When It Comes To Broadband, U.S. Plays Follow The Leader
The United States often views itself as a paragon of technology innovation and deployment. In some cases, that view is correct, but not when it comes to broadband deployment, where the country lags considerably behind other major nations. Here's why.
Broadband access in the United States continues to grow at an impressive rate, from 60 million users in March 2005 to 84 million in March 2006, according to the Pew Internet & American Life Project. As-yet unpublished survey data gathered by Pew in December 2006 shows that 45% of respondents now report broadband access at home.
Despite these compelling growth statistics, the reality isn't quite so rosy, especially when comparing broadband progress in the United States with other industrialized countries.
- How Attackers Identify and Exploit Software and Network Vulnerabilities
- Quick Tips for Managing Mobile Users
White PapersMore >>
- Strategy: 3 Steps to a Hands-Free Cloud
- Best Practices: Using Apple's Global Proxy to Boost Mobile Security
According to a study by U.K.-based Point Topic, as of the third quarter in 2006, the United States led the world in total number of broadband lines installed with 54.5 million lines, followed by China with 48.6 million. The same Point Topic report, however, indicates that broadband growth rates are much higher in other countries -- for example, China is now projected to surpass the U.S. in total broadband lines within 2007, given current trends. And the total number of broadband lines, while a useful figure for some purposes, isn't the most meaningful statistic for measuring how common and widespread access really is, or to compare broadband progress relative to other nations.
For these judgments, metrics based on per-capita household penetration provide a clearer picture. For instance, it's inevitable that, due to its vastly higher population, China will surpass the U.S. in total number of broadband lines, even if the percentage of people in China with broadband lines stays quite small and access is restricted largely to affluent urban areas.
Looking at the more representative measurement of the percentage of those who have access to broadband connectivity, the United States isn't even in the top 10 countries, various studies indicate. President George W. Bush admitted back in 2004 that while broadband use had tripled over the previous four years, the U.S. then ranked 10th among industrialized nations for broadband availability, and he added, "Tenth is 10 spots too low, as far as I'm concerned." Now almost three years later, how much progress have we made, and where do we stand?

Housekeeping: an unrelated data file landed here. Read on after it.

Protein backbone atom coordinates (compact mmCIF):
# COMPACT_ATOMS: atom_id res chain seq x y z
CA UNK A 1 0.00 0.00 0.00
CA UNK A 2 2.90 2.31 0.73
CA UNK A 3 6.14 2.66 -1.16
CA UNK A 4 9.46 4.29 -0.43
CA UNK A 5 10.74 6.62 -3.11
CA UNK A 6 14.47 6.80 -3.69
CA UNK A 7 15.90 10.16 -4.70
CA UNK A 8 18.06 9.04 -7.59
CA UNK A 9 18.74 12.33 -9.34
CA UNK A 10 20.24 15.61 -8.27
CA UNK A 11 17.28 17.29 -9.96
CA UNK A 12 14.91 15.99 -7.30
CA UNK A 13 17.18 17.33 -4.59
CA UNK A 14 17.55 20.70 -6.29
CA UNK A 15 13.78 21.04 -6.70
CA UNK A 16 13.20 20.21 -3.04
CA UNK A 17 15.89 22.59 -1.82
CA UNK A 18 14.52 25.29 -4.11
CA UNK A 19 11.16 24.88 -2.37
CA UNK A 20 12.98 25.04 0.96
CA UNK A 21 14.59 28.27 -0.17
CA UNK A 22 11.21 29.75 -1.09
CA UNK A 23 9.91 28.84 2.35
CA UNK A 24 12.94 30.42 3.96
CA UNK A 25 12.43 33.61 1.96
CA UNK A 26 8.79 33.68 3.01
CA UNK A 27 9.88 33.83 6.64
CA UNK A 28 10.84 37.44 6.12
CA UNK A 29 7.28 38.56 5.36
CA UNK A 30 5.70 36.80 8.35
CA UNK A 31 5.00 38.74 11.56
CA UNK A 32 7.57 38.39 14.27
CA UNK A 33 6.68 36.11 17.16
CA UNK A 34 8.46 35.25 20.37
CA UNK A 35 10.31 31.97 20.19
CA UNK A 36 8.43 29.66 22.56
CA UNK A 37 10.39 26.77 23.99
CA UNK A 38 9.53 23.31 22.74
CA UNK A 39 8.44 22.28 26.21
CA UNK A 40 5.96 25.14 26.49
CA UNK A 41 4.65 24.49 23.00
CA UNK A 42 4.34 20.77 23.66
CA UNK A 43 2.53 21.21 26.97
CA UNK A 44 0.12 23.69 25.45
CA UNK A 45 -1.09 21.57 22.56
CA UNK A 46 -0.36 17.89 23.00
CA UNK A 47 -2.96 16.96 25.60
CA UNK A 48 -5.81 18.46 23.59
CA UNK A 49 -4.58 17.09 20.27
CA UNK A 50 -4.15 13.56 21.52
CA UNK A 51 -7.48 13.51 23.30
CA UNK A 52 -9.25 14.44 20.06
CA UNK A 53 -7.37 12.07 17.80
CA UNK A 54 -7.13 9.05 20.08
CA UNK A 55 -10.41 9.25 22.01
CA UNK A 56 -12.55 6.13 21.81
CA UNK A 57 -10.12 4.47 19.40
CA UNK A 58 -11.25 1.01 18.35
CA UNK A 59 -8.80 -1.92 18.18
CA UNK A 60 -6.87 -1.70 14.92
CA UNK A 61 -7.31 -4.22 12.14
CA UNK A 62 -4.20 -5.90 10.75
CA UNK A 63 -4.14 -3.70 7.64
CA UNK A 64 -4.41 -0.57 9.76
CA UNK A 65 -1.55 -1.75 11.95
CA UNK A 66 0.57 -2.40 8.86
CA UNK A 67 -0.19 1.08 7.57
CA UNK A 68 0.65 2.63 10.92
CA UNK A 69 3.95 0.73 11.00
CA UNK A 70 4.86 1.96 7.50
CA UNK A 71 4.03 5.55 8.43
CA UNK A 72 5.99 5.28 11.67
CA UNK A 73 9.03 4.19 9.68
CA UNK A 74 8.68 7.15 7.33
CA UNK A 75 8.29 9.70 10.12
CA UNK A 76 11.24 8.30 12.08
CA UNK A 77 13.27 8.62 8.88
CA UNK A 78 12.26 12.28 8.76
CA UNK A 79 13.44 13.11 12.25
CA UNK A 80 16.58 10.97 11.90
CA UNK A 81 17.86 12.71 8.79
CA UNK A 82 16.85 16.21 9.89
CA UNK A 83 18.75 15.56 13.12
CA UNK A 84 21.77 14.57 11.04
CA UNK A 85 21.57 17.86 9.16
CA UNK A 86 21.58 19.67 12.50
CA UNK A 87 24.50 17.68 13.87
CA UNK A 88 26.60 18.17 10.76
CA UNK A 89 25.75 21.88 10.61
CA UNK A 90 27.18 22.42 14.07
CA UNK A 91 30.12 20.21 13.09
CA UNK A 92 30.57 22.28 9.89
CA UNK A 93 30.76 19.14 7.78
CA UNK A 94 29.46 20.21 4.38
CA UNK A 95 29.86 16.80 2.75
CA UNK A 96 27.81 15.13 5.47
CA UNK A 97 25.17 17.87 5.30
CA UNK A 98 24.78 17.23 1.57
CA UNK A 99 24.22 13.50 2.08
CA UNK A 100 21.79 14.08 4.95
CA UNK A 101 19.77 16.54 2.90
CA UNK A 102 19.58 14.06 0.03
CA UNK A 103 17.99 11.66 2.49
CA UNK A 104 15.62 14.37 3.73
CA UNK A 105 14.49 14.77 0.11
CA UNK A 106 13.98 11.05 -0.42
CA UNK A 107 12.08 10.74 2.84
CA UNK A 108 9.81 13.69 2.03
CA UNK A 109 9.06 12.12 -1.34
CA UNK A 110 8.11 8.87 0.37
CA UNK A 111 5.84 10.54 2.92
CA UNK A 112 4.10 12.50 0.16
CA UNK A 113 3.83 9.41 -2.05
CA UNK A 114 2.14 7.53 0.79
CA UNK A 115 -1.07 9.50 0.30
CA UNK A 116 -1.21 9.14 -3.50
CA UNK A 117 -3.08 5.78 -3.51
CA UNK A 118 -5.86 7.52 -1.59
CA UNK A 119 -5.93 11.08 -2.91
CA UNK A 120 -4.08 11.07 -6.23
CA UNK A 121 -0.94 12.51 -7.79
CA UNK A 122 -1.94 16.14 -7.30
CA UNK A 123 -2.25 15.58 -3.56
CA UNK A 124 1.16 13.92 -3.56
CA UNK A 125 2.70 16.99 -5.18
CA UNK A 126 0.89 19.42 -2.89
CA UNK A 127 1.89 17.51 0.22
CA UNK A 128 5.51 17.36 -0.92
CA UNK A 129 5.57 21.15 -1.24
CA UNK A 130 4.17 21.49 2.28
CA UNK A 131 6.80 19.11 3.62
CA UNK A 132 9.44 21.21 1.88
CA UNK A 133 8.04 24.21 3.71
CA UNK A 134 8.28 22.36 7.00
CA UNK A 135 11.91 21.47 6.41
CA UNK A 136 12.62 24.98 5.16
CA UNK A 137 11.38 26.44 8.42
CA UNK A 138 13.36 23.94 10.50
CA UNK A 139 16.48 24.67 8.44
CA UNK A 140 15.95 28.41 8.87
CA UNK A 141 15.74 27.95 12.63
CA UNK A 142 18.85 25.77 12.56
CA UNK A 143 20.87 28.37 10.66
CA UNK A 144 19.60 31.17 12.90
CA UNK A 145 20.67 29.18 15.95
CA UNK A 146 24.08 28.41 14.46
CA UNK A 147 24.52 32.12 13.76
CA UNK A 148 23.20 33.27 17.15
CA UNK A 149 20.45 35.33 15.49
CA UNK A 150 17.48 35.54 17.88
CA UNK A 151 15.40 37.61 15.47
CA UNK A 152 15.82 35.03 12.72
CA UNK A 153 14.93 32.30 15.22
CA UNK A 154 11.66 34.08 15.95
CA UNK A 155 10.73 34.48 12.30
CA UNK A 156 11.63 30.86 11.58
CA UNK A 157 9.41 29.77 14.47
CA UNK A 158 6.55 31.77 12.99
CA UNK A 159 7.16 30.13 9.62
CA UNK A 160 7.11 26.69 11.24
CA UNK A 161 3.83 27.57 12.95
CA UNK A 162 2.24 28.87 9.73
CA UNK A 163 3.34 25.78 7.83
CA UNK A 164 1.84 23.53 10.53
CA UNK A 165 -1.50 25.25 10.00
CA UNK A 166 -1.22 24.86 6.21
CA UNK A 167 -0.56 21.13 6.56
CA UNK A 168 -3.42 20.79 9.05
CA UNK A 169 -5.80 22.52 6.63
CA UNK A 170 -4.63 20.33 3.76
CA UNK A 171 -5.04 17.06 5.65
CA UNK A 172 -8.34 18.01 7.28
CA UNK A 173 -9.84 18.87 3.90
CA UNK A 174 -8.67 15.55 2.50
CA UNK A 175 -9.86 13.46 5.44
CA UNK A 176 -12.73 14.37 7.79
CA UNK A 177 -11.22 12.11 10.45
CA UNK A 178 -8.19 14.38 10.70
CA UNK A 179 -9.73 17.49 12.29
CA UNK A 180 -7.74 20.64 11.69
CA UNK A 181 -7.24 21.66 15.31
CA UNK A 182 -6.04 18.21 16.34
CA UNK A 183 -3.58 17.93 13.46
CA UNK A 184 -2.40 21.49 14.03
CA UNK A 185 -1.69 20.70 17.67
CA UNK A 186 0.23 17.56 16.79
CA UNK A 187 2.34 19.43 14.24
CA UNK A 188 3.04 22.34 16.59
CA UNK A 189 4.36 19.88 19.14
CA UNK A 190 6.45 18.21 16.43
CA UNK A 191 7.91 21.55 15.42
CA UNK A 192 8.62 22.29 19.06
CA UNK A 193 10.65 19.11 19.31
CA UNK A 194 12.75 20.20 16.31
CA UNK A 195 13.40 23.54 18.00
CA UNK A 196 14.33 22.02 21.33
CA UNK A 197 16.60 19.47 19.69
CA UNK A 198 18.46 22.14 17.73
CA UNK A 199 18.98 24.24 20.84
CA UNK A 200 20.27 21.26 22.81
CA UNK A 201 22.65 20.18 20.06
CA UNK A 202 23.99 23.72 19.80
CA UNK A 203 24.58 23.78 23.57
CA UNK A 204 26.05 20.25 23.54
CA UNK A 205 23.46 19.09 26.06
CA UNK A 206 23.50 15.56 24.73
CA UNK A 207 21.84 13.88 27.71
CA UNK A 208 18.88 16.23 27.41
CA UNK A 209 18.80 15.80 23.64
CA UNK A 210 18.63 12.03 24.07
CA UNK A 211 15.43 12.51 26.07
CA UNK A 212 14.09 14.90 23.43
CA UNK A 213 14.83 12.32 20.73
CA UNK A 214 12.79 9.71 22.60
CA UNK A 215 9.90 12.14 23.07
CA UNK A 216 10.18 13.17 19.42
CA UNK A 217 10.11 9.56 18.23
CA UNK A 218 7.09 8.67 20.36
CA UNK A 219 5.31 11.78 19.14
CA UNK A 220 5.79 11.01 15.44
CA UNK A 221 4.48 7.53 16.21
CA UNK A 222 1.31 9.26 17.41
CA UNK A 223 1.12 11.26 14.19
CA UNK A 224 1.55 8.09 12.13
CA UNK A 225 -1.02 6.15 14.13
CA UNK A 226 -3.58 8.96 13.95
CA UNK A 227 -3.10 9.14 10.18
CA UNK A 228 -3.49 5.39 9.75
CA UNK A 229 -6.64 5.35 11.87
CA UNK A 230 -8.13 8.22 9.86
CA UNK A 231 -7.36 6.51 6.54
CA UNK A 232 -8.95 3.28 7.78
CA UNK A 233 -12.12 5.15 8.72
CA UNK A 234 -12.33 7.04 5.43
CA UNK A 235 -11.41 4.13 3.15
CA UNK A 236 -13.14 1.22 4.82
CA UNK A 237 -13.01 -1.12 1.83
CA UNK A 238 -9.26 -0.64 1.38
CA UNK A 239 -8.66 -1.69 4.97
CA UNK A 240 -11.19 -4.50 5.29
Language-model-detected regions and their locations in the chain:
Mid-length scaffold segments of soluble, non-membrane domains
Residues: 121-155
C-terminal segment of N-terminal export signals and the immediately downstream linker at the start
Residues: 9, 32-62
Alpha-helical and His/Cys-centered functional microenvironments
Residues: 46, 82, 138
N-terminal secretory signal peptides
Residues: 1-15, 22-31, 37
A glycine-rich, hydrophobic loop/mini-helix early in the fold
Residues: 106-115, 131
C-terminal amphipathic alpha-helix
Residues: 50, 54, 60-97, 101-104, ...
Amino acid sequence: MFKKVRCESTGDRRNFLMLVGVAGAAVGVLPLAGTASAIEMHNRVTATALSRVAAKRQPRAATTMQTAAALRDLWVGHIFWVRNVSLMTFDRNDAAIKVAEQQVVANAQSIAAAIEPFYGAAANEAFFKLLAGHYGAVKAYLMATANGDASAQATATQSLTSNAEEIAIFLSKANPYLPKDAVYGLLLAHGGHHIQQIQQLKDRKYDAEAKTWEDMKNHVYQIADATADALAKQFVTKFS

Playing The Numbers Game
There are a variety of data points related to broadband penetration in the United States. One thing on which they all agree: the U.S. is far from being in the lead.
The United States currently ranks 12th in broadband adoption rates, significantly down from its ranking of fourth in 2001, according to the Organisation for Economic Co-operation and Development, a 30 member-nation group committed to the development of democratic governments and market economies.
The International Telecommunications Union lists the U.S. as 21st worldwide for broadband penetration rate in 2005. Point Topic shows the United States is in 20th place by number of households with broadband access and in 19th by individual broadband access. Those ranks have been falling, not rising, in recent quarters.
And even the good news isn't that good. Some of the more positive data that has been reported is questionable, such as figures presented in a letter written by FCC Chairman Kevin Martin in 2005 and published in The Wall Street Journal, showing what seems to be tremendous growth in U.S. broadband access.
The July, 2005, FCC report that he was citing, which promoted and defended the state of broadband access in the U.S., has received pointed criticism for defining a "high-speed" line as one delivering service of at least 200 Kbps in at least one direction, and for defining a ZIP code as "covered" by broadband access even if just a single broadband line is active in that region. It is true that 200 Kbps was, even in 2005, a minimal definition of "broadband," but it's a level that's largely inadequate for delivering much of what is commonly accepted as "broadband-level service," such as streaming video and swift downloads of large files. It seems clear that measuring "broadband access" by even the relatively modest speeds of 1Mbps or higher would drastically cut the estimate of U.S. broadband penetration.